This Settlement Lawyer Thinks BP’s Arguing Will Backfire
BP (NYSE:BP) has acknowledged its responsibility for the Gulf of Mexico oil spill that killed 11 men and spewed millions of barrels of crude oil into the ocean. It has spent more than $25 billion on cleaning up the marshes, fisheries, and beaches along the coast as well as compensating victims. That spending is just the tip of the company’s spill-bill iceberg — $42.4 billion has been spent or earmarked for spending on clean-up, compensation, fines and other costs. BP has even sold assets that generated $5 billion of cash flow a year to pay for those expenses.
The cost of the disaster has grown to such massive proportions that in recent months the company has taken to legal tactics to cap its financial tab. In particular, the oil producer wants to renegotiate the terms of a settlement it made last year with the individuals and business harmed by the spill, a desire BP has taken to the courts. Until approximately six months ago, BP attempted to cooperate with the mountain of litigation that government agencies, private individuals, and businesses dumped on its docket. But in February, that changed. The company stopped pursuing a settlement for the federal government’s civil charges and the trial began in a New Orleans district court.
Several months later, when the restitution payments started to overshoot its original estimate, BP began to contest the manner in which restitution payments were awarded, arguing that court-appointed fund administrator Patrick Juneau has compensated “fictitious and inflated losses.” Yet, Joe Rice, who negotiated that settlement on behalf of more than 100,000 compensation claimants, told Reuters that BP’s legal tactics will fail.
At the heart of BP’s argument is the company’s belief that it has made amends for the damage caused by the oil spill. On more than one occasion, BP has argued that the United States government has been overeager in punishing the oil producer for its mistakes. On more than one occasion, the company has taken its dispute public rather than work out a solution in backroom negotiations. Don’t forget the advertisements it placed in the Wall Street Journal, New York Times, and Washington Post to draw attention to what it sees as unfair oil spill compensation payments.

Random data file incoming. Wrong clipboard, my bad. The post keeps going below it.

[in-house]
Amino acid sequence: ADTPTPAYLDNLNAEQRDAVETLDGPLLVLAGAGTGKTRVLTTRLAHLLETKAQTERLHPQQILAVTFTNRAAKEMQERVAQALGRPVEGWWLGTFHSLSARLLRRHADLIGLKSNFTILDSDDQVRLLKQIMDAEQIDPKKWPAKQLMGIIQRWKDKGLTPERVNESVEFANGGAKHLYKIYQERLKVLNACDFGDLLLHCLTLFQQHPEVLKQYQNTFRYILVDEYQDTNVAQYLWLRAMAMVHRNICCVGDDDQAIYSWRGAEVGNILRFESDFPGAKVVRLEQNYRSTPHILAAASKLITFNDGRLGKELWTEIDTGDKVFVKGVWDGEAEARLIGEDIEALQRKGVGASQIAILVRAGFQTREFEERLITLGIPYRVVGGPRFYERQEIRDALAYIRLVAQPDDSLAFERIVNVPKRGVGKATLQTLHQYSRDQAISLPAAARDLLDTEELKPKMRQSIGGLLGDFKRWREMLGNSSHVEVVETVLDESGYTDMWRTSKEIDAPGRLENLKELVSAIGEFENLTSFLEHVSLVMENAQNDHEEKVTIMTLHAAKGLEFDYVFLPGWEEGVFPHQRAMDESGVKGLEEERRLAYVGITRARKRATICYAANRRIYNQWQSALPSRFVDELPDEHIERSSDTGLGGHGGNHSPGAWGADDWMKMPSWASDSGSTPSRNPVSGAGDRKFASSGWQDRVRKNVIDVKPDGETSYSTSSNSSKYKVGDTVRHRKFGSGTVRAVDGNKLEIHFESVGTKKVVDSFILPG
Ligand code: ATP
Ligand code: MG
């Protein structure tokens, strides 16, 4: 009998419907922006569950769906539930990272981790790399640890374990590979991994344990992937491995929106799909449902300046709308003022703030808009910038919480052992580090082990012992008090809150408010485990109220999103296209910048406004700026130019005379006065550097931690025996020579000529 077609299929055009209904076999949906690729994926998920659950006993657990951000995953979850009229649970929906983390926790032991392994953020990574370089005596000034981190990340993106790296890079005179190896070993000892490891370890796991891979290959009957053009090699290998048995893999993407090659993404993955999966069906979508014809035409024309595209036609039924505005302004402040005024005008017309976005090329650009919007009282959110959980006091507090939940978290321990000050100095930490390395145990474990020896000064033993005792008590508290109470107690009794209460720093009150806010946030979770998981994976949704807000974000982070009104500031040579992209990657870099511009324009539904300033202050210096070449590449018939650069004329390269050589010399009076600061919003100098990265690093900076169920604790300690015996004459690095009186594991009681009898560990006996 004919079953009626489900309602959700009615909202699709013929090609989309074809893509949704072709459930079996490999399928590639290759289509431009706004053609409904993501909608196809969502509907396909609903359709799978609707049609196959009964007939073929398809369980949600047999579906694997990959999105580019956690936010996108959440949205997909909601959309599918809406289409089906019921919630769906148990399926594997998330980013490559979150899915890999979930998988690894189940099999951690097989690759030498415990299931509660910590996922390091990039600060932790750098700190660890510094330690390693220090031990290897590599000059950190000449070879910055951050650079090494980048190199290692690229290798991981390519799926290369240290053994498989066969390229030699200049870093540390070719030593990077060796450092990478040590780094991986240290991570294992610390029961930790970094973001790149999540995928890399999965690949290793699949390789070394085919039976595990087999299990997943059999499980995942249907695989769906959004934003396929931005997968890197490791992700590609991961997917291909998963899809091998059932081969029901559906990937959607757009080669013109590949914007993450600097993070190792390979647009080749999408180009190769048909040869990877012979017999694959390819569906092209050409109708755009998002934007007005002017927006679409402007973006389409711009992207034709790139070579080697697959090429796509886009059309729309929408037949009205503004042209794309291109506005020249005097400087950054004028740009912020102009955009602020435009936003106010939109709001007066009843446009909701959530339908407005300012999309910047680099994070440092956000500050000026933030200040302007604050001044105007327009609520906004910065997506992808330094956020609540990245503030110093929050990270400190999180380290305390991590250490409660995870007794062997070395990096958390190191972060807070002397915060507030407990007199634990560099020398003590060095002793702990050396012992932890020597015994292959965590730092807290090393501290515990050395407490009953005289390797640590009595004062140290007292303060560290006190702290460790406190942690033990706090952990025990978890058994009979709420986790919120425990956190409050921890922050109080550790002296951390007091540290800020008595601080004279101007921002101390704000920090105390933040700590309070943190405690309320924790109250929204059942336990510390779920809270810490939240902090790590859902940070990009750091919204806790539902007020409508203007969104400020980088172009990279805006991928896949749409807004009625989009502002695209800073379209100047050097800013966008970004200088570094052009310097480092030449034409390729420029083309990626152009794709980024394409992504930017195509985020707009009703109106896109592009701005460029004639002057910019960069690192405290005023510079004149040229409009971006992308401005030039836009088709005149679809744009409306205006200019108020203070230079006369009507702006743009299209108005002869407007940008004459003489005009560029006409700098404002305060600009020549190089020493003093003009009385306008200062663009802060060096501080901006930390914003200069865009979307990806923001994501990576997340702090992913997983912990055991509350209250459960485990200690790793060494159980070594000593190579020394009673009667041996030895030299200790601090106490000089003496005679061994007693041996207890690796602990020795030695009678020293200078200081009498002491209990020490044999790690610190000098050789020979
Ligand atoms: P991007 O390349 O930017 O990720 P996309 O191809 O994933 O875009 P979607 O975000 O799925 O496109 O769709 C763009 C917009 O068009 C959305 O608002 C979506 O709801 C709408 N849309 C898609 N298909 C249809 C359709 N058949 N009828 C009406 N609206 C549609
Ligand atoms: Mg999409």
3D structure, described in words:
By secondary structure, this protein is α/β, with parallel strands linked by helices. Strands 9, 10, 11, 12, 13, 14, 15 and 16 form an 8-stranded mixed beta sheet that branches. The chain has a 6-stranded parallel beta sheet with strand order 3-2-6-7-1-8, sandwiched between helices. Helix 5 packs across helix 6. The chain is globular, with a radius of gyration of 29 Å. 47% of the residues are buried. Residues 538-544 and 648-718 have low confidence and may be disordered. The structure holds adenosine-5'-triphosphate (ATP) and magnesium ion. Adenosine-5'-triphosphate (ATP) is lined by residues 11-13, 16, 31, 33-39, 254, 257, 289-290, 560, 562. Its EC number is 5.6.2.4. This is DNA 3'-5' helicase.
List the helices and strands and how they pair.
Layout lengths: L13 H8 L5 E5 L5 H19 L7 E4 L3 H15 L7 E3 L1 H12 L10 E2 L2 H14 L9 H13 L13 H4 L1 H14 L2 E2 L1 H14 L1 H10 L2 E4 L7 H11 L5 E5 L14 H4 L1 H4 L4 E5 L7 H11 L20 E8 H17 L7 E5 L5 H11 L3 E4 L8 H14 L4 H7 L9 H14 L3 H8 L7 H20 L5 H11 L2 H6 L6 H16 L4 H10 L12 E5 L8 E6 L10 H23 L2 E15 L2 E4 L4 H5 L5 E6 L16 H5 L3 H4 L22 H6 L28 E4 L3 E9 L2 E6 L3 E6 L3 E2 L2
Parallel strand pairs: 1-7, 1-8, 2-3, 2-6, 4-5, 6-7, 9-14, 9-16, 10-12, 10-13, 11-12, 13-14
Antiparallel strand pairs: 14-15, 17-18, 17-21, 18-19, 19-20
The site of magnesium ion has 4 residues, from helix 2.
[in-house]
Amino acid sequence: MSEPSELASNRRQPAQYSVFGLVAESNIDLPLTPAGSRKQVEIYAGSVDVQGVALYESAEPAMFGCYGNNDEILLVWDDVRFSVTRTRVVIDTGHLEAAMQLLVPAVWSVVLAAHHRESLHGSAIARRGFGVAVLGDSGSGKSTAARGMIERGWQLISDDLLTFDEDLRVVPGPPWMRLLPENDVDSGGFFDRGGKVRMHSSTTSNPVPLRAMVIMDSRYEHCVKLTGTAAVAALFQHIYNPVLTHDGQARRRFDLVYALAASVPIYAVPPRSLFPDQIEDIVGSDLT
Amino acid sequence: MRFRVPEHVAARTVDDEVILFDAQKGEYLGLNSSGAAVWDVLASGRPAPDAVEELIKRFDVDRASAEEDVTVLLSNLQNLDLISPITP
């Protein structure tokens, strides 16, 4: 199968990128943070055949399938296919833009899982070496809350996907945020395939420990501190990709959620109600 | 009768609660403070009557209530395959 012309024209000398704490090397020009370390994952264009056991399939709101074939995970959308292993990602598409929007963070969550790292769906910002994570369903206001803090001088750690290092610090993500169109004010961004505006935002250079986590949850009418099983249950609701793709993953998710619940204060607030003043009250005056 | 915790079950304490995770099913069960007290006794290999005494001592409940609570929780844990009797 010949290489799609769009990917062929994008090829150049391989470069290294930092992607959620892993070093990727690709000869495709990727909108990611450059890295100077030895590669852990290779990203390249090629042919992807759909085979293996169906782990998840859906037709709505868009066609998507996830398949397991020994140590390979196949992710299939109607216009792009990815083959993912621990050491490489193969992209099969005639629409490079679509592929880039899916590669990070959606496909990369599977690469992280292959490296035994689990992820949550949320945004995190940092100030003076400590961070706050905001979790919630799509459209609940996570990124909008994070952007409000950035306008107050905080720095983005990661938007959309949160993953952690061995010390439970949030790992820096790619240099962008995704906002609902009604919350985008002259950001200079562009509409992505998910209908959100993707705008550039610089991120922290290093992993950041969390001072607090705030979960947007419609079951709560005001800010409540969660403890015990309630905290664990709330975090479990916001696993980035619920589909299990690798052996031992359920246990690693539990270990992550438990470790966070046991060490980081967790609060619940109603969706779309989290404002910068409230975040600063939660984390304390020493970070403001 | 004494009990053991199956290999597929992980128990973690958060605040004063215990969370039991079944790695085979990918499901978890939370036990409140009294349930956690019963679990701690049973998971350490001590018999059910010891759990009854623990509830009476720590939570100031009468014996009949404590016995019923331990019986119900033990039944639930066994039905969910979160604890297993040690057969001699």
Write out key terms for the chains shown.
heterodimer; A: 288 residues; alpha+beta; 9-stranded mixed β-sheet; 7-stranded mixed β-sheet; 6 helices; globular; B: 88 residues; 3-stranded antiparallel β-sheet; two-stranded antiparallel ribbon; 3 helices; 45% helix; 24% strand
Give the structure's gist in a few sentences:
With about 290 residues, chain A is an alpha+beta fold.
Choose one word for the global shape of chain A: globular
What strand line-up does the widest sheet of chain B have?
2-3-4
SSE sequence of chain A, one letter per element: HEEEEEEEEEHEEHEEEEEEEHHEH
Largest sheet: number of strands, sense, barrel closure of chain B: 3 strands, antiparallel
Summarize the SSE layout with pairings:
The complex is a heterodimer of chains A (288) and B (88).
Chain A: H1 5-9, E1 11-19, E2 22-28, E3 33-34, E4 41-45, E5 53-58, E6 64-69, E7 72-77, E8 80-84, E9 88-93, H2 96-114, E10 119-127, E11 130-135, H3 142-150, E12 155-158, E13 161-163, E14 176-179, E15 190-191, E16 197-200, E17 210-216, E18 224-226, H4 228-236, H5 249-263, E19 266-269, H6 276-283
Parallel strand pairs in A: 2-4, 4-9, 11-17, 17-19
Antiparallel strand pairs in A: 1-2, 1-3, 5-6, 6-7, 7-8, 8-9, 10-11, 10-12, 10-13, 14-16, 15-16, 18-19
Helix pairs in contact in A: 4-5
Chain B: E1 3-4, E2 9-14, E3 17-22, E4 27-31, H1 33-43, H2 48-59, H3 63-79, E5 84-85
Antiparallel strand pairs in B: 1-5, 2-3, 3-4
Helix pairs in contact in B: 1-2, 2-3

Judge Carl Barbier — who is presiding over the civil trial set to enter its second phase at the end of September — has so far denied BP’s attempts to pause the payouts while former Federal Bureau of Investigation Director Louis Freeh investigates allegations of misconduct by a lawyer who worked for Juneau. The company is still awaiting the outcome of a July 8 appeal hearing where BP argued that Juneau had rewritten the terms of the settlement agreement. This week, it also brought a lawsuit against the Environmental Protection Agency to lift the company’s ban on bidding for new federal contracts.
In an interview with Bloomberg Businessweek, BP Chief Executive Officer Robert Dudley noted that the results of the settlement have been strange. “The claims going through a claims facility have resulted in absurd results and millions of dollars are going out to pay people who suffered, in many cases, no losses from the spill,” he said. But Rice disagrees with the company’s stance. “We’re going back to the 1814 attack on New Orleans by the British,” he told Reuters in a telephone interview, referring to a campaign at the end of the 1812-1815 war.
“They’re attacking our entire judicial system,” he continued. “They’re attacking the judge. They’re attacking the claims administrator they helped appoint. They’re attacking the lawyers for representing people. Now they’ve filed an attack on the U.S. government demanding that they do business with them.” In his view, BP views “us as a colony that they own and can exploit.” Plus, the company has not done itself any favors by using language like “fictitious” and “absurd” when describing the compensation claims, Rice added.
“I think they’ve made a vast strategic error by fighting and shifting this whole battle to an attack on the people of the Gulf,” Rice said. “Any goodwill they built on trying to do the right thing, they have destroyed. Now more people are going to file claims and it’s going to make the whole process worse.”
In response, BP told Reuters that Rice’s words were “xenophobic,” and the company has only been “defending its rights.” The main problem, according to Rice, is that while BP has argued that the way the payments are awarded is flawed, the number of fictitious or overblown claims is so small that they have little impact on the overall cost of the settlement.
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